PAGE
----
Figure 1.
Figure 1.

(A) A large erythematous plaque over right face. (B) Complete resolution after 6 months of multidrug therapy. (Patient consent was taken for the photos.) This figure appears in color at www.ajtmh.org.

Citation: The American Journal of Tropical Medicine and Hygiene 106, 5; 10.4269/ajtmh.21-0696

Figure 2.
Figure 2.

(A) A low-power magnification showing multiple well-formed granulomas in the dermis (hematoxylin and eosin stain 20× magnification). (B) A high-power magnification showing granuloma and perineural inflammation (hematoxylin and eosin stain 40× magnification). This figure appears in color at www.ajtmh.org.

Citation: The American Journal of Tropical Medicine and Hygiene 106, 5; 10.4269/ajtmh.21-0696

Leprosy is a chronic disease caused by Mycobacterium leprae. It has a long incubation period ranging from months to years. It can present with various morphologies, which depends on the bacilli load and host immunity.1,2 Loss of sensation over the lesional skin is one of the cardinal sign of leprosy, but the sensation in the facial leprosy lesion may be intact due to the abundant sensory nerves. Biopsy is useful in making a diagnosis in difficult cases when slit skin smear is negative. The histopathological features of tuberculoid leprosy are the presence of well-formed granulomas with lack of acid-fast bacilli.3 The prominent erythema and irregularity of the lesion might be due to the topical steroid use. Leprosy was eliminated as a public health problem from Nepal in 2010. However, new cases are being detected at a constant rate. This case highlights a rare presentation of only a single facial leprosy plaque which was the main reason for late diagnosis.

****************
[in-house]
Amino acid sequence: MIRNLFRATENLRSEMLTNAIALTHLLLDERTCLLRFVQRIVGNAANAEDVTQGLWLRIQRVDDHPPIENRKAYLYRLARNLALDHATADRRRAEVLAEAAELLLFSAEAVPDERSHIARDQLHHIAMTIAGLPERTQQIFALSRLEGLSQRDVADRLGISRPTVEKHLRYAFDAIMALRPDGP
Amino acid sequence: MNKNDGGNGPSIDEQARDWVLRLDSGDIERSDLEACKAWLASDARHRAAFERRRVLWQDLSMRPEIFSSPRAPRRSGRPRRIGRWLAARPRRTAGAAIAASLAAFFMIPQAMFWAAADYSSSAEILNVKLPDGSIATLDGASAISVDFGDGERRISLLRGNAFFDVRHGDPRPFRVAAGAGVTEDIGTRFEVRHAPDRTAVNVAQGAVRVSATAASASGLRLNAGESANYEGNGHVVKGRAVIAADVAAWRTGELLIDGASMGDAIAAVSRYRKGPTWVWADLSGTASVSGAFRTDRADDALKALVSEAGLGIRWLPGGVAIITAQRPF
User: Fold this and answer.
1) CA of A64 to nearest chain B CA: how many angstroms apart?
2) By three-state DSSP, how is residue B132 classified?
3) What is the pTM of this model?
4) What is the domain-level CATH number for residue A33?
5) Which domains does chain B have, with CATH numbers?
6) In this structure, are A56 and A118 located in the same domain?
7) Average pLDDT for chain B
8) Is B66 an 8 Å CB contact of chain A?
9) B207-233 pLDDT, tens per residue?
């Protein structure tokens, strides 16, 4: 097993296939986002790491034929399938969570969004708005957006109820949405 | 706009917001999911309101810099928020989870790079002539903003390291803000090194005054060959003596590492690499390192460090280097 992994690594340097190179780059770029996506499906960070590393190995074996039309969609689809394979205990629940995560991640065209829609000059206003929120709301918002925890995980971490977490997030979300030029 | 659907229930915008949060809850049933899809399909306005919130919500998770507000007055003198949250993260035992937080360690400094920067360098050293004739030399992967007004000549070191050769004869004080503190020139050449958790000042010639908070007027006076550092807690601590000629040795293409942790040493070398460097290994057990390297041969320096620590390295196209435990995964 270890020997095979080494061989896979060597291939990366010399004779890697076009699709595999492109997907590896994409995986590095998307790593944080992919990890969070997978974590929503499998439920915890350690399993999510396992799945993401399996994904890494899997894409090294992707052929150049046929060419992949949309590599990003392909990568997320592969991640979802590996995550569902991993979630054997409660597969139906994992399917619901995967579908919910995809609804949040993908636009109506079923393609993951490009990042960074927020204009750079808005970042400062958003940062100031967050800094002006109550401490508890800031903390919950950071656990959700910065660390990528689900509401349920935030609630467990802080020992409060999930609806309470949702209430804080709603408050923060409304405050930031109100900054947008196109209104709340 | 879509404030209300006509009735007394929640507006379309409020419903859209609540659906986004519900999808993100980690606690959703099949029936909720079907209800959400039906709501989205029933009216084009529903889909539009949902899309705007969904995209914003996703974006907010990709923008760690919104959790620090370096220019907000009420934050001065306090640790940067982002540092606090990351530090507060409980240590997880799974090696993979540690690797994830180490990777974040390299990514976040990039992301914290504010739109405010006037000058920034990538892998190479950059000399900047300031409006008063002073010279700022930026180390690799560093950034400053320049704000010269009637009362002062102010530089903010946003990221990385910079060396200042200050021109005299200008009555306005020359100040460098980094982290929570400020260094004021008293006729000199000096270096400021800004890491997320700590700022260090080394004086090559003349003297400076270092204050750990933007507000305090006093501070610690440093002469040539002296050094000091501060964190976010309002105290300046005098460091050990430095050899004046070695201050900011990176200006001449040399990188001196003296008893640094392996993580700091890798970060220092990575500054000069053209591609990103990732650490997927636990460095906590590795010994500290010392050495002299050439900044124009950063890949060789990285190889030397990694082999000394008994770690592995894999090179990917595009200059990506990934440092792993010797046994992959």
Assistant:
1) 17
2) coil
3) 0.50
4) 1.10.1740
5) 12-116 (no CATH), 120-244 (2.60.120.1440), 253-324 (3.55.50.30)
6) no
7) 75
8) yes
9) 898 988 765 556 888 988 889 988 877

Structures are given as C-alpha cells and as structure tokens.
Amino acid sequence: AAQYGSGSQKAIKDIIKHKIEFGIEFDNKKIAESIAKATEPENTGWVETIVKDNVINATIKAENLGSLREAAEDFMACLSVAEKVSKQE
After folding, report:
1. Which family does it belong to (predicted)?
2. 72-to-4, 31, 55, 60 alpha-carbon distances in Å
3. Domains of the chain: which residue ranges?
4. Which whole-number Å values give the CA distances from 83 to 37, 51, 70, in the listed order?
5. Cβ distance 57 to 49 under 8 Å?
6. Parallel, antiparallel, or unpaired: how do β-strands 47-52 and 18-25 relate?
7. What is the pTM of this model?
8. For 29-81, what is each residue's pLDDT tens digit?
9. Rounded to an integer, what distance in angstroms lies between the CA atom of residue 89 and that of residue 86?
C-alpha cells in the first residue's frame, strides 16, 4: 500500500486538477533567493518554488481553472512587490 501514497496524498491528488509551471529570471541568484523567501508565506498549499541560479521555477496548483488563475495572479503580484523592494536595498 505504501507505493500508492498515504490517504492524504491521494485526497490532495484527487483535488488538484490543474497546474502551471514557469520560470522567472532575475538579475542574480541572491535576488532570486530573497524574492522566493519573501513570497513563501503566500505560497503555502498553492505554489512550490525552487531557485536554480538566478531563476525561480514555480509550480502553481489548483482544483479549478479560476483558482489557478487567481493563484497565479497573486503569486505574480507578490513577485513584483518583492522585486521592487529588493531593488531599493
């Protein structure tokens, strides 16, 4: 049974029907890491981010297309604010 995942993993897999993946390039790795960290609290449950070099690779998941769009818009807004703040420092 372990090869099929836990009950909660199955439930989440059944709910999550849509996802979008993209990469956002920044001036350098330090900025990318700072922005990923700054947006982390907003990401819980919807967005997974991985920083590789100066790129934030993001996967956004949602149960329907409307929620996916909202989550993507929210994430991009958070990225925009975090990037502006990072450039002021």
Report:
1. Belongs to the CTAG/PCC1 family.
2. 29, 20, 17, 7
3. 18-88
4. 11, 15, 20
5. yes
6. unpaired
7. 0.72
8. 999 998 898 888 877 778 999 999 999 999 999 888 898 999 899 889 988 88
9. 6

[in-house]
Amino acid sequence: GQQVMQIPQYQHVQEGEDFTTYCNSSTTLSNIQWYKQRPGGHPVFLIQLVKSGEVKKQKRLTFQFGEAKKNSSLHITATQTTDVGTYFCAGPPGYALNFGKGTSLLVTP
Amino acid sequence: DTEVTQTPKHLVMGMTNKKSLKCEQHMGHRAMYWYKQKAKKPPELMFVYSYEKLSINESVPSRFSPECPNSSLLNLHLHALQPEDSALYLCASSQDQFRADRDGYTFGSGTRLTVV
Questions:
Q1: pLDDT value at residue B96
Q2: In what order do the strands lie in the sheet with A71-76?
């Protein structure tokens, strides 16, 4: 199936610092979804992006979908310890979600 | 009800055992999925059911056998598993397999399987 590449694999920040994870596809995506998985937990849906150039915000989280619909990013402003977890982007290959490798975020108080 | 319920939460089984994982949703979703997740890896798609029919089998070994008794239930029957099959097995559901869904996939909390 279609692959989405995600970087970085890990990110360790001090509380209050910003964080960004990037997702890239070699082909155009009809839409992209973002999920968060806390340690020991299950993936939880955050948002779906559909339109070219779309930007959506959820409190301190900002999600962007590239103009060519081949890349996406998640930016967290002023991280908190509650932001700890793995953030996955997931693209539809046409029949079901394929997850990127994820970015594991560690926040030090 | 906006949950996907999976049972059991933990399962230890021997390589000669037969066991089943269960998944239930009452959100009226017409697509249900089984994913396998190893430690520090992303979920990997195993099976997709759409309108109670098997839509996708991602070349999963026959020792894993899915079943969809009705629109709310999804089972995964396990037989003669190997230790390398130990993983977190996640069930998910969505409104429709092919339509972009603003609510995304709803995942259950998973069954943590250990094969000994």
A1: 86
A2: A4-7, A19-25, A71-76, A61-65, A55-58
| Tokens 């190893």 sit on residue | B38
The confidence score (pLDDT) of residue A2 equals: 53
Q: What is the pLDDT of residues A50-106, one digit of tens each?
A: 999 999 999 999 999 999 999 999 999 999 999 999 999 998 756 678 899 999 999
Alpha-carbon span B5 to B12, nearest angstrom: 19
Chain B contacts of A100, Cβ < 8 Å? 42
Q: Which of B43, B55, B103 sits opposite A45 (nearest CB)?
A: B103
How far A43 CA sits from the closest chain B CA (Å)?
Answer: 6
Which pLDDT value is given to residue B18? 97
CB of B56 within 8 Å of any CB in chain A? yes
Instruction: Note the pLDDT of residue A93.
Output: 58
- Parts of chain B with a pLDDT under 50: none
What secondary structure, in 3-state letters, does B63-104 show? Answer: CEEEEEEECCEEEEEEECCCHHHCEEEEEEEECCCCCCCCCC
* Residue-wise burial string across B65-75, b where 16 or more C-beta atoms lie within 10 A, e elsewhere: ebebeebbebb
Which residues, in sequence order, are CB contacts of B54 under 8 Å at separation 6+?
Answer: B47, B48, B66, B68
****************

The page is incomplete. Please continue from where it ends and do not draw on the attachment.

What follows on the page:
REFERENCES

  • 1.

    Rodrigues LC, Lockwood DNj, 2011. Leprosy now: epidemiology, progress, challenges, and research gaps. Lancet Infect Dis 11: 464470.

  • 2.

    Manifold R, Marshman G, 2009. Leprosy: not always an easy diagnosis and often a management challenge. Australas J Dermatol 50: 3640.

  • 3.

    Massone C, Belachew WA, Schettini A, 2015. Histopathology of the lepromatous skin biopsy. Clin Dermatol 33: 3845.

Author Notes

Address correspondence to Niraj Parajuli, Department of Dermatology & Venereology, National Academy of Medical Sciences, Bir Hospital, Kathmandu, 44600, Nepal. E-mail: drnirajparajuli@gmail.com

Authors’ addresses: Niraj Parajuli, Department of Dermatology & Venereology, National Academy of Medical Sciences, Bir Hospital, Kathmandu, Nepal, E-mail: drnirajparajuli@gmail.com. Sujan Shrestha, Department of Pathology, National Academy of Medical Sciences, Bir Hospital, Kathmandu, Nepal, E-mail: timesofinflammation@gmail.com.